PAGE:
“Pressure free…informal, interdisciplinary get-togethers”–this is what the African Studies community on campus needed to address a lack of communication between campus Africanists, according to faculty and graduate students in the early 1970s. So to encourage collaboration, communication and perhaps to even inspire new scholarship, the African Studies Program invited one person to give a talk each week “on an aspect of his or her current research.” Coffee was promised to all attendees with instructions to “bring your own sandwiches.” The inaugural “Sandwich Seminar” was held in 1457 Van Hise at noon on Wednesday, November 7th, 1973, and featured sociologist David Wiley, then the program’s director, on “Urbanization and the Squatter Housing Problem in Zambia.”
In 2011 associate director James Delehanty caught up with Jeffrey Myers-Hayer of the Library of Congress, an African Studies alumnus, who had related sometime earlier that according to his memory (he was careful to remind us that others might have slightly different versions), he was at the center of a small group responsible for creating our Sandwich Seminar tradition.
Here is a quote from a 2011 correspondence with Jeffrey Myers-Hayer:
I first came to the UW in the fall of 1971, taking some Africa-related courses as a special student, and then became an official graduate student in history in the
fall of 1972. At the time, there was not much structured regular contact among people studying Africa in different disciplines. At least it seemed so to many of us. I was told that previously there had been occasional brown bag lunches among Africanists, although these had not been held since about the time of the Sterling Hall bombing. This struck a chord with me…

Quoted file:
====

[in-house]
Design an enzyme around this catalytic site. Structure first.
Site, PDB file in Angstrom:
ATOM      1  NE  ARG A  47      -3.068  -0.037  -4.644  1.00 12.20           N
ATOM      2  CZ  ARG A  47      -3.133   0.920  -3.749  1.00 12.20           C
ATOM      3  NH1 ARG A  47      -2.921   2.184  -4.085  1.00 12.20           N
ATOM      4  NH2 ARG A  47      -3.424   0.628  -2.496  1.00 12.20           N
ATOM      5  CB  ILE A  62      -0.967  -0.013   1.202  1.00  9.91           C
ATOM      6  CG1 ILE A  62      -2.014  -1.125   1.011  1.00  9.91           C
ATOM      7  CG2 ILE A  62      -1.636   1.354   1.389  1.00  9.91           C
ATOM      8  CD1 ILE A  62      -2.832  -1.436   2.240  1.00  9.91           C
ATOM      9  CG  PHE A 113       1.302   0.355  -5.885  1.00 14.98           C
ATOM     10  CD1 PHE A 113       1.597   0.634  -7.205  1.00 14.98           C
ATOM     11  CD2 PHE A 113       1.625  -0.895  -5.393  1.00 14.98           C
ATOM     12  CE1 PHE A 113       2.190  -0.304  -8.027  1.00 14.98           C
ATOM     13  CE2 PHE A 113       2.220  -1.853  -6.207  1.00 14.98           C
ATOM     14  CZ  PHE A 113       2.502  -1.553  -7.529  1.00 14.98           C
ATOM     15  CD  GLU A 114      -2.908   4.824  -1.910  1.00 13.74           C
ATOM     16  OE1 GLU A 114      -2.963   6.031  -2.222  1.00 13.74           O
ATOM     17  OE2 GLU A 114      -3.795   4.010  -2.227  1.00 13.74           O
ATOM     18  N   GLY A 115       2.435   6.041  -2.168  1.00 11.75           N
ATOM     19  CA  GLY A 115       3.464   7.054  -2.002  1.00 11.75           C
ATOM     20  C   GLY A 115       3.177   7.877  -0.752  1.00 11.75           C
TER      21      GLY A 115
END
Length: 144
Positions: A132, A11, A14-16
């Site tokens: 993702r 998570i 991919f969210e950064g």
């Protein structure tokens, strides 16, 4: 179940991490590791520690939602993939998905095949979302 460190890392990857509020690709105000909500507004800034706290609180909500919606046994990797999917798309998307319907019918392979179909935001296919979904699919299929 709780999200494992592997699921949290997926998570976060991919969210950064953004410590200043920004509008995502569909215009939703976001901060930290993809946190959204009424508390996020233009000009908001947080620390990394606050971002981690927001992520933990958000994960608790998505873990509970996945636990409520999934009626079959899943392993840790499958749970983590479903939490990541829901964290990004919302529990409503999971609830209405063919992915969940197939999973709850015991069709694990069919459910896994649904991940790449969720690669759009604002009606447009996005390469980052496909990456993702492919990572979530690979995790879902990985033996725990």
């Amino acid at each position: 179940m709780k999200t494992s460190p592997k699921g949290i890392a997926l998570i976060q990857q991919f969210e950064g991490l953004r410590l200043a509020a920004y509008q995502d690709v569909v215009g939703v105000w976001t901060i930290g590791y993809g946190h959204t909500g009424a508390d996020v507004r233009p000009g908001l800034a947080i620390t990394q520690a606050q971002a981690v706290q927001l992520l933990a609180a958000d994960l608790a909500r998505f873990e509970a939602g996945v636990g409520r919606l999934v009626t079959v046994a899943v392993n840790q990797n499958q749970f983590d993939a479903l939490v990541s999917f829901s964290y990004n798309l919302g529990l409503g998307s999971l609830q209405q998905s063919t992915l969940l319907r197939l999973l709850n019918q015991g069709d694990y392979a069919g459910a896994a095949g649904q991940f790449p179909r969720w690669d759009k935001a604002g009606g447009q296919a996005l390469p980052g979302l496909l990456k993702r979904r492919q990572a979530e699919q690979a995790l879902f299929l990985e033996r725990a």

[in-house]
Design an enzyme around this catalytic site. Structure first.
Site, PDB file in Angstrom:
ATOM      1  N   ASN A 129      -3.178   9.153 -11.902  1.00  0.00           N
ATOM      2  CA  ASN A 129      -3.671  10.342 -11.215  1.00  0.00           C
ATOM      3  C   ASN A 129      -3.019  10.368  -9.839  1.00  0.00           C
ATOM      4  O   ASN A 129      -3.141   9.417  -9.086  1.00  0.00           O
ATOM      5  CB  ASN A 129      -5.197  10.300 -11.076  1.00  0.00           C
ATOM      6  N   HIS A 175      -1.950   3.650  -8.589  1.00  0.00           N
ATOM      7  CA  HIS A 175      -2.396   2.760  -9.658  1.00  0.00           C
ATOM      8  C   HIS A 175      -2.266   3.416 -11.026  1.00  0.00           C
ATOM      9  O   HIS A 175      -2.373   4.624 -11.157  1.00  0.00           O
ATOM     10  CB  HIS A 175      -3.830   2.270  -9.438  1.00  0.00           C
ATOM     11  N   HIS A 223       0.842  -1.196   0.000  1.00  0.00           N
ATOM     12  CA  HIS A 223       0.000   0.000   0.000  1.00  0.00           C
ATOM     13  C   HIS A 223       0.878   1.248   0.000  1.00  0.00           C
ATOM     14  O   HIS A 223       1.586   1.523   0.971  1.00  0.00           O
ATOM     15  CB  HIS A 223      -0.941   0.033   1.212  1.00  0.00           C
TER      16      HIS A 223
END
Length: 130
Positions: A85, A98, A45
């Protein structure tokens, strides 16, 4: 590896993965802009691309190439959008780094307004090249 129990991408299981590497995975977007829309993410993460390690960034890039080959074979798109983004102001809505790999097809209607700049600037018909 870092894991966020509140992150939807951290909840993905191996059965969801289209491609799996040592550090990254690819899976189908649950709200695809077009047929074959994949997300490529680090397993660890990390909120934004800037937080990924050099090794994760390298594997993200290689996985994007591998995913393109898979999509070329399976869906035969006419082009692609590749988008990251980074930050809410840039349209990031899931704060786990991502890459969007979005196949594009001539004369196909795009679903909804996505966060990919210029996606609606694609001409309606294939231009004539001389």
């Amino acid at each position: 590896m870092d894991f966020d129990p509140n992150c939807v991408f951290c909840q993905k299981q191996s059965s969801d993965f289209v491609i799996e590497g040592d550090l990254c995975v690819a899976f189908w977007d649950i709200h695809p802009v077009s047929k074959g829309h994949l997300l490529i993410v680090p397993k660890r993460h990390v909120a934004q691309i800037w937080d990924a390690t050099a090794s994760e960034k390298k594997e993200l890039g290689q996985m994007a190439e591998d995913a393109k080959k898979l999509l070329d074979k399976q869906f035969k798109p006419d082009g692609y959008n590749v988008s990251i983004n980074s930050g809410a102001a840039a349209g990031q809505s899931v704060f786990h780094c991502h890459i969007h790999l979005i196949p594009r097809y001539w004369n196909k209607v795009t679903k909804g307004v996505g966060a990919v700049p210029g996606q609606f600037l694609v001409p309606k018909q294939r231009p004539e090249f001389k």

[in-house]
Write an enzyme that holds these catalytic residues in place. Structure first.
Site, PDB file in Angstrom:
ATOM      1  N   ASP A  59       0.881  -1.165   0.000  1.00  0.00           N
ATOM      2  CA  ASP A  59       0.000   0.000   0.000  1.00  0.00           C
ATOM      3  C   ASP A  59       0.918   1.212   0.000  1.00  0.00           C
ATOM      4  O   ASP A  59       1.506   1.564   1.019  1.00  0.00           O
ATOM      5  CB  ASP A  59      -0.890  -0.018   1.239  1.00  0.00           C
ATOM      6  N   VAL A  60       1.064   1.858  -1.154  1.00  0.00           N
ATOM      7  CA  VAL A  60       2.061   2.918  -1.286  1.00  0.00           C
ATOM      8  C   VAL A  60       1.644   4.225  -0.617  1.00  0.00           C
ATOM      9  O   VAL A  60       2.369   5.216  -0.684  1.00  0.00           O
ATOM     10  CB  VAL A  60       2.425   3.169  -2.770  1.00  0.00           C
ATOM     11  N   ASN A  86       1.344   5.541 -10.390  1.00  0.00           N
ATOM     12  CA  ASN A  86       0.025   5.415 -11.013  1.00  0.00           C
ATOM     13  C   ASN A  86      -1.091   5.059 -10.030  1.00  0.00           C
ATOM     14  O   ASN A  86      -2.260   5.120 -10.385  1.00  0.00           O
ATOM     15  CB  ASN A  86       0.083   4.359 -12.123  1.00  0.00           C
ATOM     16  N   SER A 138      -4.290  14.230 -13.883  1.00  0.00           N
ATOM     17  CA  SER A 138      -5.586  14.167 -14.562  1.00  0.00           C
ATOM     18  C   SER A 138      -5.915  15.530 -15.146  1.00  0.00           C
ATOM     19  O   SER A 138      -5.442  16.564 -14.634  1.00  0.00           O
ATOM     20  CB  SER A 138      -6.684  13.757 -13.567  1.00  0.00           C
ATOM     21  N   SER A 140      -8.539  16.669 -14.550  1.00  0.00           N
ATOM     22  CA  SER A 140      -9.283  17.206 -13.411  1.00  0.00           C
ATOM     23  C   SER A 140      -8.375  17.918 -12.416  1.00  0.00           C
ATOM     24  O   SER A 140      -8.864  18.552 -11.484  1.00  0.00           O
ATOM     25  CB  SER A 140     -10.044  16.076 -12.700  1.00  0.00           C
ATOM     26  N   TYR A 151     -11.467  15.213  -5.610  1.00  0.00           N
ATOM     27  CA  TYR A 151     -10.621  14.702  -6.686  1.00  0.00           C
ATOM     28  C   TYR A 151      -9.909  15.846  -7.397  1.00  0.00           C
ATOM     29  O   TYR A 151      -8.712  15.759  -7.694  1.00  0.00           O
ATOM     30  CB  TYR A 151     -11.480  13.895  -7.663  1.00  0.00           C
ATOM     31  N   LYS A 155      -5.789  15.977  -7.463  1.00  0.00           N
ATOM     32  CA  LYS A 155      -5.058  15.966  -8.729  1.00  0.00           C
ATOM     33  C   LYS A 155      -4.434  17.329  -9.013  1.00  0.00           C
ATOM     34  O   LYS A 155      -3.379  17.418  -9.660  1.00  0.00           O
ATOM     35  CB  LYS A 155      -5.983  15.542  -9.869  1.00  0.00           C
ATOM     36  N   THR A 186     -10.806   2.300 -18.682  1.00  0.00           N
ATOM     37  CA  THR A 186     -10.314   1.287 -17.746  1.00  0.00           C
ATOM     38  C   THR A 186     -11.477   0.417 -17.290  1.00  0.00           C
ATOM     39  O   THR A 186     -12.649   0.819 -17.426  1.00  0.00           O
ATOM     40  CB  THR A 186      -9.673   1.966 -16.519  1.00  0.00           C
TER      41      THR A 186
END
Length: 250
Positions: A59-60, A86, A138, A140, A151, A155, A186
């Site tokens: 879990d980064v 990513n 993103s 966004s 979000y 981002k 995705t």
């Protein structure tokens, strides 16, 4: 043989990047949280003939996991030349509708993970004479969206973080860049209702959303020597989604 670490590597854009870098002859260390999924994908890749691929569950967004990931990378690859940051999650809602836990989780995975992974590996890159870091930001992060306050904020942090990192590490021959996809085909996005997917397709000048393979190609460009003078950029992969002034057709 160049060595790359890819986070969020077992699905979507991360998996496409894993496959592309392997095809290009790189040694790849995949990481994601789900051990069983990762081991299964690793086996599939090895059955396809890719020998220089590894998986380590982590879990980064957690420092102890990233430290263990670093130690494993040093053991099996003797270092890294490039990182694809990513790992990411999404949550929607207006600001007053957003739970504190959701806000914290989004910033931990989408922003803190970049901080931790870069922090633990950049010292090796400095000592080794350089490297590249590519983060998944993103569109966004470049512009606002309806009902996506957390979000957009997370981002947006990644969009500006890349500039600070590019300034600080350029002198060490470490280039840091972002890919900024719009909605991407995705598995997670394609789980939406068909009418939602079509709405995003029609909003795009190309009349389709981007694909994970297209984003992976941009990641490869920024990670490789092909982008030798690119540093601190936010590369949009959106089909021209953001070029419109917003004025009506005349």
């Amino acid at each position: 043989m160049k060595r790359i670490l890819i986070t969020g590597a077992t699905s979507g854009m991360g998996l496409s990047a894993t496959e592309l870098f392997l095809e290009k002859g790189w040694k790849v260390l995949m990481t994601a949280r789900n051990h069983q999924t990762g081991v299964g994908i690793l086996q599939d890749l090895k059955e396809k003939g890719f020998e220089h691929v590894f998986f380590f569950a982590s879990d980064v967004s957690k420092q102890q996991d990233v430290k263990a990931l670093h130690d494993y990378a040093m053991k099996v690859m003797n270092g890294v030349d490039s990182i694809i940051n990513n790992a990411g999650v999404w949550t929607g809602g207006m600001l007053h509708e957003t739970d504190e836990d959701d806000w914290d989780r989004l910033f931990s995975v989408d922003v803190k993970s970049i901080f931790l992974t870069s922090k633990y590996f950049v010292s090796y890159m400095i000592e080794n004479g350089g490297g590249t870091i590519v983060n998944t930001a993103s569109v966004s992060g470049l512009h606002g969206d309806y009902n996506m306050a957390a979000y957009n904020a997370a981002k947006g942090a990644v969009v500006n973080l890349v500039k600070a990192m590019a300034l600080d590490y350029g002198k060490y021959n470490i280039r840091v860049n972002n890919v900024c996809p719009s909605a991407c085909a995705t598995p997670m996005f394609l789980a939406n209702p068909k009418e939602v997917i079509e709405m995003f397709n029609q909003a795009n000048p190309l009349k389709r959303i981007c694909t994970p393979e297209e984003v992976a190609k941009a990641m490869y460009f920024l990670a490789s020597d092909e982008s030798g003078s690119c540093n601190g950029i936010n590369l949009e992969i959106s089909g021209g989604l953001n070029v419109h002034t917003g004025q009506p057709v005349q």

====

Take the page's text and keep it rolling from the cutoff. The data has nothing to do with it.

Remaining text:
So, in the fall of 1973, I got approval from the African Studies Program to set up a series of weekly talks, to be held every Wednesday in room 1451 of Van Hise. The Program supplied the sponsorship (and the coffee). I recruited the speakers and handled most of the publicity. I am sure I spent a good deal of time working out the details with Marge Harris and others, but at this late date I don’t remember the specifics. I do remember talking with faculty members in many disciplines…and I don’t remember ever being turned down. I did manage to get a speaker for every week for the first two years. When I left the campus in summer of 1975, I turned the seminar work over to Meg Skinner. She, and many successors, appear to have kept them going successfully ever since.
Now with forty years of history, and a new name—Africa at Noon—the Wednesday noon, lecture series has highlighted faculty from all disciplines, artists, writers, activists, and Jordan Prize winners.
The African Studies Program is proud of this long-standing tradition, and we look forward to stewarding this series and hope that we can continue to bring interesting, thoughtful, and new work to our campus community.